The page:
Tuesday, May 18, 2010

[ZESTCaste] The Persistence of Caste


15 May 2010

The Persistence of Caste

From Buddha to Ambedkar, some of our most outstanding minds have tried
to fight caste. Why doesn't it go away, and why are we so afraid to
take note of it?

BY Hartosh Singh Bal EMAIL AUTHOR(S)

The Out-caste is a by-product of the Caste-system. There will be
out-castes as long as there are castes. Nothing can emancipate the
Out-caste except the destruction of the Caste-system. —BR Ambedkar

I do not believe the caste system, even as distinguished from
Varnashram, to be an 'odious and vicious dogma'. It has its
limitations and its defects, but there is nothing sinful about it, as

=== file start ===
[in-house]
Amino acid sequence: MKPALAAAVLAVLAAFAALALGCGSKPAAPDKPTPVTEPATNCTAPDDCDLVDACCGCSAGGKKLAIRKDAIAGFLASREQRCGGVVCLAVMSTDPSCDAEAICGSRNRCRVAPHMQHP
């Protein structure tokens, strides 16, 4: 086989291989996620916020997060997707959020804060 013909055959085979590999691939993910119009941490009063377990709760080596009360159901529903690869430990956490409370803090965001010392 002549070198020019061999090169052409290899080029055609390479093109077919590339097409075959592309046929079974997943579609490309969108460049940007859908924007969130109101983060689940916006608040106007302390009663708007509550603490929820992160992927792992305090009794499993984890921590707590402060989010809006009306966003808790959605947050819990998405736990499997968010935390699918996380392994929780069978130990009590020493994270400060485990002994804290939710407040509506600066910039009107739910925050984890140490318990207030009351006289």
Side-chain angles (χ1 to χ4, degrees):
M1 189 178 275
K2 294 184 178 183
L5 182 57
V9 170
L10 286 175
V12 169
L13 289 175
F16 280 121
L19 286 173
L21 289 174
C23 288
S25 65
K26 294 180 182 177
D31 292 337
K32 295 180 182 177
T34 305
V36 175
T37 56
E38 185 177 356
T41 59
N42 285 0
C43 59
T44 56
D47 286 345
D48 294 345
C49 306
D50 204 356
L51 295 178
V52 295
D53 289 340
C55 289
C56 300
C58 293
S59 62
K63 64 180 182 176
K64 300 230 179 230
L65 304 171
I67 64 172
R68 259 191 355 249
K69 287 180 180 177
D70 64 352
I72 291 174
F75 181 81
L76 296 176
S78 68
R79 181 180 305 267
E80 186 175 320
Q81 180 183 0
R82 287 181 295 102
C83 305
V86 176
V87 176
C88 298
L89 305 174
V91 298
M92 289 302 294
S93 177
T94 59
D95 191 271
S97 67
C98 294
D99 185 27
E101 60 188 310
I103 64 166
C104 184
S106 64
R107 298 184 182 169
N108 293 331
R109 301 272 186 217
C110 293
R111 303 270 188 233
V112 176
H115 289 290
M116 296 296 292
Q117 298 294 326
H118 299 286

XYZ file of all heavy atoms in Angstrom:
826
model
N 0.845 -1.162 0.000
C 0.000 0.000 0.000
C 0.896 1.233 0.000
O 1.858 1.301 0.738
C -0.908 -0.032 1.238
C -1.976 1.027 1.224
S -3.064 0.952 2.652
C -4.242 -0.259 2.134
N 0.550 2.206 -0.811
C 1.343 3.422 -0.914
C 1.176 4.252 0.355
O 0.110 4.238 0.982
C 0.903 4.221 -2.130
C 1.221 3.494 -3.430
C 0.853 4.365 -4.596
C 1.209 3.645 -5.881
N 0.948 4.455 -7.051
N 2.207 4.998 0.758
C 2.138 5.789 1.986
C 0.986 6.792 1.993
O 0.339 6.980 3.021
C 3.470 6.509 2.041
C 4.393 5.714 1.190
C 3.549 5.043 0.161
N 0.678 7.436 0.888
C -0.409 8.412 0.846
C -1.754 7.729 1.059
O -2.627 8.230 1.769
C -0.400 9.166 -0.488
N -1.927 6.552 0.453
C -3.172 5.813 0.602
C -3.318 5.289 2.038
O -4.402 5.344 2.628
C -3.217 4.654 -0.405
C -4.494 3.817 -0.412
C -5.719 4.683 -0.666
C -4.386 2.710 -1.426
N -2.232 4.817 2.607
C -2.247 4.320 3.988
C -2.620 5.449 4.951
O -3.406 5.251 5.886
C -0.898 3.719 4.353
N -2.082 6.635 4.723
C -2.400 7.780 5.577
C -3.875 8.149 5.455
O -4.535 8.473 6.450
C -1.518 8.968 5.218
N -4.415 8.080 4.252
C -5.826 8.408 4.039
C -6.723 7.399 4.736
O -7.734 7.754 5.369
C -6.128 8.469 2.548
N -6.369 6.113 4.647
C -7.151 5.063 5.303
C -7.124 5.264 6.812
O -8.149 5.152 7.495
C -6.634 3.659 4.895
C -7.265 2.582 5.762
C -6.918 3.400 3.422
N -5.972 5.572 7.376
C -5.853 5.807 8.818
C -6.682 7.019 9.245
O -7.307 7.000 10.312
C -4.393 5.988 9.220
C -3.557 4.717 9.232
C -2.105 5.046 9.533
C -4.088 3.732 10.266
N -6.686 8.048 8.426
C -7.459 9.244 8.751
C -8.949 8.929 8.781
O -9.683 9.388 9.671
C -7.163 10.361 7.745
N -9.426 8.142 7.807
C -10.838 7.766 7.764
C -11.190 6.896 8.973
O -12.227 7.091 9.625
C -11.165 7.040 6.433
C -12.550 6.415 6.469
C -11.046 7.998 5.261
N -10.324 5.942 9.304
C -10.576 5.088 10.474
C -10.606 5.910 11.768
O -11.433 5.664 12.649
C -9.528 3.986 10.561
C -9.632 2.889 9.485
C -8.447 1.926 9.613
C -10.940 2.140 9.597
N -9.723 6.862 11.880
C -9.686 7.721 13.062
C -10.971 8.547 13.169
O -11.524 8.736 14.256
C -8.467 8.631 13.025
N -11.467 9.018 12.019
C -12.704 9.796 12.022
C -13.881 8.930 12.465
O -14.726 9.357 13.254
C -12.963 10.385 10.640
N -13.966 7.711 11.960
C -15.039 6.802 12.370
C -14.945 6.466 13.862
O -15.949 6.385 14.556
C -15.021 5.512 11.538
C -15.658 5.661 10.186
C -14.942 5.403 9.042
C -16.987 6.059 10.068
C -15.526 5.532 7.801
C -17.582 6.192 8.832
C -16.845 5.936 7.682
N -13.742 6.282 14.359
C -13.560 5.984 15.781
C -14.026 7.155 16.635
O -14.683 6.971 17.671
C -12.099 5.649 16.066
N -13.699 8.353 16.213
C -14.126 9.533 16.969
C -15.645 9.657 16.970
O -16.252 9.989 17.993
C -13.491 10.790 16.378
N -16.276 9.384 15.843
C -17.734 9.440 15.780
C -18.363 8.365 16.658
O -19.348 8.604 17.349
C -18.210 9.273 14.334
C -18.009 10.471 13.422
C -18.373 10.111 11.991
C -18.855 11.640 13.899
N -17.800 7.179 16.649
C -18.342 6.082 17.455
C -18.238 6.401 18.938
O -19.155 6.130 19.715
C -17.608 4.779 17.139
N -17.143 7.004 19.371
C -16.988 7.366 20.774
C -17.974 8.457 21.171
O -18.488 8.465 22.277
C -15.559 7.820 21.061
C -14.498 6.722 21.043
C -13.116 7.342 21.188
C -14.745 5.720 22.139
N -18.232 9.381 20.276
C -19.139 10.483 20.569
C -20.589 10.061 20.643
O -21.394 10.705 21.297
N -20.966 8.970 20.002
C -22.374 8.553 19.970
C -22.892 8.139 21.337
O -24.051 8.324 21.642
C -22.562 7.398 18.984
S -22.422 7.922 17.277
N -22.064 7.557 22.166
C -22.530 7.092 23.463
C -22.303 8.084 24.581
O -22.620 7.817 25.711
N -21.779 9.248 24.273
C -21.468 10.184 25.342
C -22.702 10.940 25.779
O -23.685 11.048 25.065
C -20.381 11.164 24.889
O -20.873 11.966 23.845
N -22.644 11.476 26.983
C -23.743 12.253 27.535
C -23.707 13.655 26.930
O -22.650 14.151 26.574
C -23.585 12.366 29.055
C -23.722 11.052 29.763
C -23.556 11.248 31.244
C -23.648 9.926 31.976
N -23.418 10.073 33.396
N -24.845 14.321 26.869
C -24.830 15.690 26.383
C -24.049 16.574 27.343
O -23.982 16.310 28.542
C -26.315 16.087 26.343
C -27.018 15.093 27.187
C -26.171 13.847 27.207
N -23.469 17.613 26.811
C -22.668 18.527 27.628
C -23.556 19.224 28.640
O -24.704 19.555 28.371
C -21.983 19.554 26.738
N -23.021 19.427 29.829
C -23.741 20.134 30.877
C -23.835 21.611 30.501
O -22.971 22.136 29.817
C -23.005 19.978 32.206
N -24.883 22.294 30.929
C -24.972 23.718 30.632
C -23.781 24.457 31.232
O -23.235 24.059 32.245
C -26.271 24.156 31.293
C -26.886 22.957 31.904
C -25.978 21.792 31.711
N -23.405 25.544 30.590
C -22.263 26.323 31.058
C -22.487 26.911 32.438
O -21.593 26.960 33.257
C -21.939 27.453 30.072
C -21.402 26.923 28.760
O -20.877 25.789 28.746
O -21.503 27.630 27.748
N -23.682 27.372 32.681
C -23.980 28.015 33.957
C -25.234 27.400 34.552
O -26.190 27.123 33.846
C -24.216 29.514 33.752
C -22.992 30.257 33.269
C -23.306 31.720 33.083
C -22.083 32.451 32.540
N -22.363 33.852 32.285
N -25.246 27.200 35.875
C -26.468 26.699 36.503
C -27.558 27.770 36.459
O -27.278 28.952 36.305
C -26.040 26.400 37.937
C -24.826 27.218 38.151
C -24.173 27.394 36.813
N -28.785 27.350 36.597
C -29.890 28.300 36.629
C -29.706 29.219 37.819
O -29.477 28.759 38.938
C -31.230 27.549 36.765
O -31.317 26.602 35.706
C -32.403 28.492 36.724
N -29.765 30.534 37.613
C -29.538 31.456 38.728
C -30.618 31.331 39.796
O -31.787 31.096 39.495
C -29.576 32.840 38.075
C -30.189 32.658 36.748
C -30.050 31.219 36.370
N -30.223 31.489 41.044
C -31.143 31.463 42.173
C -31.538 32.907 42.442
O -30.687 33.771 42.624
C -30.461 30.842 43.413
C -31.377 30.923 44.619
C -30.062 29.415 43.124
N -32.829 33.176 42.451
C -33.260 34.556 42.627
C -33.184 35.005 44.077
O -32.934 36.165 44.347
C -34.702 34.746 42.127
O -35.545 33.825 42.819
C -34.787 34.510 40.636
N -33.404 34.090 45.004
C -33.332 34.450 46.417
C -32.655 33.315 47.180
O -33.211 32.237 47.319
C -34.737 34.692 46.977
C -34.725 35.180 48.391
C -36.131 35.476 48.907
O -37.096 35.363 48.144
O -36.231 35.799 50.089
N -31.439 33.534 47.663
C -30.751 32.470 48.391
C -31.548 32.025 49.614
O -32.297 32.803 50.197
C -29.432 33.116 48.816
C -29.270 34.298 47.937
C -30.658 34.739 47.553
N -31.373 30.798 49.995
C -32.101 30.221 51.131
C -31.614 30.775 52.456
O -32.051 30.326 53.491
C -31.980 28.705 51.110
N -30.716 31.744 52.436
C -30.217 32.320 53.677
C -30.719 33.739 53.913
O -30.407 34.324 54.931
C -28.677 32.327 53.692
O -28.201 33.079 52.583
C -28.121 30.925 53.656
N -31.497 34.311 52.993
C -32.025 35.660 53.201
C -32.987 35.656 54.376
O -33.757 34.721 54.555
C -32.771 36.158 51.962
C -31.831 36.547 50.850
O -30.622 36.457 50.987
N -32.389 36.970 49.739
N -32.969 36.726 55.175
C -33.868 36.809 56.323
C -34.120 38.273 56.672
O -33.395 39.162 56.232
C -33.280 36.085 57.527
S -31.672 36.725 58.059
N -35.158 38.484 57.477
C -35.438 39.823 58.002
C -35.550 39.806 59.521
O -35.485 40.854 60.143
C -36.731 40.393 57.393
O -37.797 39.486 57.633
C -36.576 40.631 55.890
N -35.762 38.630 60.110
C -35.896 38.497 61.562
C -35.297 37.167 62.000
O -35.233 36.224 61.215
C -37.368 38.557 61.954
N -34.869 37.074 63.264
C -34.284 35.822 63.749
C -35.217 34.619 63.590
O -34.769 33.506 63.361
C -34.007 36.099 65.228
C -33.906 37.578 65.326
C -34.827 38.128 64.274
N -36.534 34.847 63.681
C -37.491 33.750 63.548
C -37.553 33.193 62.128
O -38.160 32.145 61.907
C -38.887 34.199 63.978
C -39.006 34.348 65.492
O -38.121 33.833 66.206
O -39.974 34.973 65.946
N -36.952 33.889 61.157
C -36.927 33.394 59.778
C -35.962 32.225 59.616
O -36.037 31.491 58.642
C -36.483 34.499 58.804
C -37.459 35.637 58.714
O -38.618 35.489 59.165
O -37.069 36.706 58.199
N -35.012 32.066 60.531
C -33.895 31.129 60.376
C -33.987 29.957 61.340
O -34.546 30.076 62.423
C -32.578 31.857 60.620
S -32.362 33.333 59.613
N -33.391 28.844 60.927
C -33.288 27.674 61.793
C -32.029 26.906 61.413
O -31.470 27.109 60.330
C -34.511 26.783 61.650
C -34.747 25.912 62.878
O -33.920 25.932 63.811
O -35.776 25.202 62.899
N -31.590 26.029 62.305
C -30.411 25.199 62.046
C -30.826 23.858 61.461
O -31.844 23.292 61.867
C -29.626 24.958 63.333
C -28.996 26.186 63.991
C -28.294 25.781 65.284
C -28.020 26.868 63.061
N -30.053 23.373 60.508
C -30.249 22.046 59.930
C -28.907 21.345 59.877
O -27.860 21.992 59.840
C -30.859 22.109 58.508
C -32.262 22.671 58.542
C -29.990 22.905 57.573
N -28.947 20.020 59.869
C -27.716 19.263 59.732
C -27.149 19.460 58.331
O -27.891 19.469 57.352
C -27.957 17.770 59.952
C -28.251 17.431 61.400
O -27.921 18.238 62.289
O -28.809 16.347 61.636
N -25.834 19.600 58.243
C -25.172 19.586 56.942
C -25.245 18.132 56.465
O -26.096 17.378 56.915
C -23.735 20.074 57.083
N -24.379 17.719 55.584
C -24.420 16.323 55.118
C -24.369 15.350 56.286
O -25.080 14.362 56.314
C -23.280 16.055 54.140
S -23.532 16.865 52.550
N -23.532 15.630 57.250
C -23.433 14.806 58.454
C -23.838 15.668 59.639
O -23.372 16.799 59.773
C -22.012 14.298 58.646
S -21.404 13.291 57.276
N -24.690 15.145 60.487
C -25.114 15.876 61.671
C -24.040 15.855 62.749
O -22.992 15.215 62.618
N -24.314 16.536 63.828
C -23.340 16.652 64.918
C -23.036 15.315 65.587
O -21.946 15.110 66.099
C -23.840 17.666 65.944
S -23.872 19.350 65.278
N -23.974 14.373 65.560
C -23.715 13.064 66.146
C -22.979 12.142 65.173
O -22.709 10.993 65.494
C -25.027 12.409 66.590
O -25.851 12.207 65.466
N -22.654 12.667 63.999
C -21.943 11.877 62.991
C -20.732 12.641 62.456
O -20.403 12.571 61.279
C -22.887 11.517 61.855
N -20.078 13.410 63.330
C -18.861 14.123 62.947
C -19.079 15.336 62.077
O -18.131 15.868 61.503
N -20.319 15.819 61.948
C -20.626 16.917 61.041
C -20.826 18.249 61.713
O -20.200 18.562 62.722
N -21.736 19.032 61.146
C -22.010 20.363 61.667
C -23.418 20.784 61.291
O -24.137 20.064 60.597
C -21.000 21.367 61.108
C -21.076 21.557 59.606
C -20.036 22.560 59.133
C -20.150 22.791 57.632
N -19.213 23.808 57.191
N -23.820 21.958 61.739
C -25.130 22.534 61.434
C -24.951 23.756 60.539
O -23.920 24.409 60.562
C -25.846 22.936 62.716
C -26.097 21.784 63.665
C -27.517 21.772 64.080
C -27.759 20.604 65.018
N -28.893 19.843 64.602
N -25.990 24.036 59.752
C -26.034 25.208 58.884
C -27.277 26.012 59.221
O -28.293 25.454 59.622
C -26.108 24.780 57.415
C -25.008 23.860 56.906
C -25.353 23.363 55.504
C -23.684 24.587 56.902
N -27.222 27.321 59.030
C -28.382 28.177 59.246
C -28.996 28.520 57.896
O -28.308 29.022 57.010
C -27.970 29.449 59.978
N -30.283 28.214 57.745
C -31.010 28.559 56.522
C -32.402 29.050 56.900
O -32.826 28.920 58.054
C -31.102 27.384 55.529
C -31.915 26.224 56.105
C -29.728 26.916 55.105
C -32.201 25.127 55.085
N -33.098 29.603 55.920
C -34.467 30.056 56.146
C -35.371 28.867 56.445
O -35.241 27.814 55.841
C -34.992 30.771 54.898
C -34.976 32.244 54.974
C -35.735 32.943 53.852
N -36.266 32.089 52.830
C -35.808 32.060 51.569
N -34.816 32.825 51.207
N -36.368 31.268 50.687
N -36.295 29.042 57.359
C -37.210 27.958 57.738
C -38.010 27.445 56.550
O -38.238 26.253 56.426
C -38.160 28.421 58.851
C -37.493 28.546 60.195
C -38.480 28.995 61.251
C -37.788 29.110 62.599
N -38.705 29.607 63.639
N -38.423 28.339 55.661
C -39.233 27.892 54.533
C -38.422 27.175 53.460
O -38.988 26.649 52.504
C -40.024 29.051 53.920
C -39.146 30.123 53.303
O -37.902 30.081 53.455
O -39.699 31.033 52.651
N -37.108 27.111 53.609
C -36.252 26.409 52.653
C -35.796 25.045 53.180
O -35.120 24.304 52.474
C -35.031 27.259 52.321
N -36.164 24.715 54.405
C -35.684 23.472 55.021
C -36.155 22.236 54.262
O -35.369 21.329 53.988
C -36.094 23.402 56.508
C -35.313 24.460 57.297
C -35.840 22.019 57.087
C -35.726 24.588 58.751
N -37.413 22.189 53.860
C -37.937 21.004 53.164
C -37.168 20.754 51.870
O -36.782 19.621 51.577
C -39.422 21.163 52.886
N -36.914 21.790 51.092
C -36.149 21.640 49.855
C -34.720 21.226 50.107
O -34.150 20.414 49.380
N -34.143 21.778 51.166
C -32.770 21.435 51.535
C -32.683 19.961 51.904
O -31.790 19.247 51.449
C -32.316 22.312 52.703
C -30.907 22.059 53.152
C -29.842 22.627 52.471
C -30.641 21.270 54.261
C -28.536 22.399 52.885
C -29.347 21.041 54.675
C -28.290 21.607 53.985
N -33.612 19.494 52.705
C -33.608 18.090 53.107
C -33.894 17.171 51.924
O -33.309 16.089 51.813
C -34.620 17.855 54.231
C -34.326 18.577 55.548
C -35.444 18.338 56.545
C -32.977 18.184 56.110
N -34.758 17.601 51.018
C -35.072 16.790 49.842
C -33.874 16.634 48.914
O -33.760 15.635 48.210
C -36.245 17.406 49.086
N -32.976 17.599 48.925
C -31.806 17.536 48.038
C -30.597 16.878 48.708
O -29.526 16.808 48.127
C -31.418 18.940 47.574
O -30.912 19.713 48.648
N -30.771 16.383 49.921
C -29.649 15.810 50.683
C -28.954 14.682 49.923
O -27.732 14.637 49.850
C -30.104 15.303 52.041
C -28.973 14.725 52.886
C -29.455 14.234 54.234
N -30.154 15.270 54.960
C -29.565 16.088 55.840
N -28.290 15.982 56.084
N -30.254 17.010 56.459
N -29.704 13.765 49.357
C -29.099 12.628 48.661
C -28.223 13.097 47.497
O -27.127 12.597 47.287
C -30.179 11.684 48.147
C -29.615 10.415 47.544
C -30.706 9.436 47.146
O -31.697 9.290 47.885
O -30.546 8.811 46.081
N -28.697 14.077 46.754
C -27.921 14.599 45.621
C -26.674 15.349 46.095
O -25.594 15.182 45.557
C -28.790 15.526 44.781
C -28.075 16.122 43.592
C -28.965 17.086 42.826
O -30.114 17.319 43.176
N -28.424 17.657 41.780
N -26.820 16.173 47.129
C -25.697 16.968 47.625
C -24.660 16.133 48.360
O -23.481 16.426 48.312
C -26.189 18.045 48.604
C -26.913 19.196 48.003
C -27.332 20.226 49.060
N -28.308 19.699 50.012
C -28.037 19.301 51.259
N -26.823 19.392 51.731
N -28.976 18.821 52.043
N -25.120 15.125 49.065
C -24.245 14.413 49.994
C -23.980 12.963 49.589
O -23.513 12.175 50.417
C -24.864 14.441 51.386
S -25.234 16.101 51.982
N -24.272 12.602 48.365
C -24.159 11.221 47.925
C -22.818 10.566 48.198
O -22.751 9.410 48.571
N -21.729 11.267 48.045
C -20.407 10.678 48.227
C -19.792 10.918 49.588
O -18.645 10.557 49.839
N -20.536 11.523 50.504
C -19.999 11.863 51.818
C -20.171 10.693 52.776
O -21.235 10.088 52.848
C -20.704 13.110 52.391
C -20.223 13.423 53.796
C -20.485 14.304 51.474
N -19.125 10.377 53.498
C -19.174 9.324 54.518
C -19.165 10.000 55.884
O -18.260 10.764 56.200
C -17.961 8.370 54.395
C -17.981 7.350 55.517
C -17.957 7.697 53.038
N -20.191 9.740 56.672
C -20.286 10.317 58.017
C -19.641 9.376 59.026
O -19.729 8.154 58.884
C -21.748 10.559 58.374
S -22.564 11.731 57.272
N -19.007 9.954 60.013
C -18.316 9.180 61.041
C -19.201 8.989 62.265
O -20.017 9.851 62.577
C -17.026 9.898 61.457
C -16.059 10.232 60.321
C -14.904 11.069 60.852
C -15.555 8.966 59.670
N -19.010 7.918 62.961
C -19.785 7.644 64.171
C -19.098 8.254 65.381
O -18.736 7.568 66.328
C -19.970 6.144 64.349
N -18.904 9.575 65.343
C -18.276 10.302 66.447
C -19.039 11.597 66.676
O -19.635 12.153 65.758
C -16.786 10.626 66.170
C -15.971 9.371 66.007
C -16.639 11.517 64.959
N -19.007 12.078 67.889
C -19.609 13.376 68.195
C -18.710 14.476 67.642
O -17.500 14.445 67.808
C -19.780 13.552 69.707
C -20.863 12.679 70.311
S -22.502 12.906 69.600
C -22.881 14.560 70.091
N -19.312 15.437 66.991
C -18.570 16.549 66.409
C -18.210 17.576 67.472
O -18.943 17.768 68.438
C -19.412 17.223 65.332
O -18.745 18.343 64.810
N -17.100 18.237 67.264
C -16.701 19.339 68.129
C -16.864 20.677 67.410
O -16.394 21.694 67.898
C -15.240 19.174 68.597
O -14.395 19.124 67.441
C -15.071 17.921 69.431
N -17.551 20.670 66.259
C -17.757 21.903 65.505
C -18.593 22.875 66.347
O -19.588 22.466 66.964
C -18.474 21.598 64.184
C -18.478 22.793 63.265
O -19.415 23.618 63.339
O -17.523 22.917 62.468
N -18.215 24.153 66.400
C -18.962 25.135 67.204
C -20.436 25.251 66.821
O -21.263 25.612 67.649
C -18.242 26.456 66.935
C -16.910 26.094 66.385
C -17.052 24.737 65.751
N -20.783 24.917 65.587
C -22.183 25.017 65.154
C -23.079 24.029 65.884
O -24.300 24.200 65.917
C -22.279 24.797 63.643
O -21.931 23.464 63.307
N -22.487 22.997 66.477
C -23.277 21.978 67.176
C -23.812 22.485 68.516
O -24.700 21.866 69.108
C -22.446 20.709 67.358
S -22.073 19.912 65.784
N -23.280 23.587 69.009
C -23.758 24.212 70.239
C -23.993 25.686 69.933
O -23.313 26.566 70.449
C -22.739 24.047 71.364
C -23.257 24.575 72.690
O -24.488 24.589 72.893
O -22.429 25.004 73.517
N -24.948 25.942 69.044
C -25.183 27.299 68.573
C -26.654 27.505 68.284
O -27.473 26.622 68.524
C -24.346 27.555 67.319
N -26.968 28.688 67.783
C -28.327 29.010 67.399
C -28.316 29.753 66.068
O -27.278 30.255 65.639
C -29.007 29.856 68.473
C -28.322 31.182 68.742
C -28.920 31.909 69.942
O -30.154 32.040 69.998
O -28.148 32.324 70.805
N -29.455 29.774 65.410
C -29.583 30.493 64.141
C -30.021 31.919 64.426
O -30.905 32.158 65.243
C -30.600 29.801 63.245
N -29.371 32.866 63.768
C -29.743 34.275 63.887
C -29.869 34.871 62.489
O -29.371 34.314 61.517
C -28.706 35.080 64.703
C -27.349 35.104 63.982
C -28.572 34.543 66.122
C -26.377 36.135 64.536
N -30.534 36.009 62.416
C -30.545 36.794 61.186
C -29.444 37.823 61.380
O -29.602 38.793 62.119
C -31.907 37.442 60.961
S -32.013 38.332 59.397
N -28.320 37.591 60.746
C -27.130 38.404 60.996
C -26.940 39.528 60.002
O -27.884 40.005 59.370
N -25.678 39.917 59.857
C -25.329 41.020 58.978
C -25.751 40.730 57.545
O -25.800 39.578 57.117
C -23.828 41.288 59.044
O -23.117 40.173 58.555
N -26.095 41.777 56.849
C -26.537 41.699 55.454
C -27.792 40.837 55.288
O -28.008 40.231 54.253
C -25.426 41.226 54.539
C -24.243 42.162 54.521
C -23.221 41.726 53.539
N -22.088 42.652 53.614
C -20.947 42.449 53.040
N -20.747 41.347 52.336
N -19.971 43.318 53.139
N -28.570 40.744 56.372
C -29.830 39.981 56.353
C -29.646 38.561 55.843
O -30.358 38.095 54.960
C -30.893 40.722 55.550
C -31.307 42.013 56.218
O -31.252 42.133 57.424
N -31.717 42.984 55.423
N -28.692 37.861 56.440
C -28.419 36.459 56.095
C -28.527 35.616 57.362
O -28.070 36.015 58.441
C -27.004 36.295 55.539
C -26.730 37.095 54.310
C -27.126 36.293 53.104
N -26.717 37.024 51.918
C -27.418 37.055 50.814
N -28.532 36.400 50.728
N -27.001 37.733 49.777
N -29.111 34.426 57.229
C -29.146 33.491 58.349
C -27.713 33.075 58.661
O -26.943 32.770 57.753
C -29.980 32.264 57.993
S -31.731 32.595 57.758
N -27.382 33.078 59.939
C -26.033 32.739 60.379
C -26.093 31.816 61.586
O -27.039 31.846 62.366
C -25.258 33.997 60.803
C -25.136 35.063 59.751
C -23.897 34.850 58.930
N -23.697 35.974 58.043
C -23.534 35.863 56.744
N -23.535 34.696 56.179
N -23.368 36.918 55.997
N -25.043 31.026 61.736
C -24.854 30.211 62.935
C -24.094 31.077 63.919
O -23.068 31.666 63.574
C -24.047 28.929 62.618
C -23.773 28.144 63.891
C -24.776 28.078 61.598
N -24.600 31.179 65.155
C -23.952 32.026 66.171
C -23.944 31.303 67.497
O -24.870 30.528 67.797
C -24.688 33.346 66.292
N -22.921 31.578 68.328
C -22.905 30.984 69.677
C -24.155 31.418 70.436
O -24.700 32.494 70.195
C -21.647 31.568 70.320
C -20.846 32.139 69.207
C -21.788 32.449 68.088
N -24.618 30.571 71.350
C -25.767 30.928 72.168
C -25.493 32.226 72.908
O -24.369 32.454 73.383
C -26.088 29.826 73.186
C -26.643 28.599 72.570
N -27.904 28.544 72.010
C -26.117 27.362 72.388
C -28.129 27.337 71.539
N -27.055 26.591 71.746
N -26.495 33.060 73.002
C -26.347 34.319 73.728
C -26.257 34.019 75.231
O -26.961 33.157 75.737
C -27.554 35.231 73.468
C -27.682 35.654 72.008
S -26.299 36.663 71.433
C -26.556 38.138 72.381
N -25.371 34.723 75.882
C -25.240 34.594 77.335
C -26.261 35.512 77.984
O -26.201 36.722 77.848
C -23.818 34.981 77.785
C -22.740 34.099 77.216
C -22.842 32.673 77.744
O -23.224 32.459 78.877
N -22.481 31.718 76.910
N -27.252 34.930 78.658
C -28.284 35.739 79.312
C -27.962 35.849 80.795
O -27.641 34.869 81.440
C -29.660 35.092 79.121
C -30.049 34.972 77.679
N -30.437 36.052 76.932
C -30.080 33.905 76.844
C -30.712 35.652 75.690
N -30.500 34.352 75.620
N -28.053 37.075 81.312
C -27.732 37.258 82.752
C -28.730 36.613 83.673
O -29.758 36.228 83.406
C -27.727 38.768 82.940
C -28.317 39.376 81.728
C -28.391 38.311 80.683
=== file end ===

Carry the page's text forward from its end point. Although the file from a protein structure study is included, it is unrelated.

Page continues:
there is about untouchability… —Mahatma Gandhi

Commenting on the recent decision of the Indian Government to allow a
caste census, a newspaper editorial thundered, 'The point is, in
modern India, must the state impose questions of caste identity on
individuals?' Caste, it assumes, is the very antithesis of 'modern'
India. Certainly, it seems that at the level of public discourse,
Ambedkar has won the debate with Gandhi handily. We now believe that
the caste system and untouchability are synonymous.

This argument has been pushed to its logical conclusion by those such
as Navi Pillay, United Nations High Commissioner for Human Rights. A
South African of Indian origin, she is currently making the case for
an international legislation that places caste discrimination on par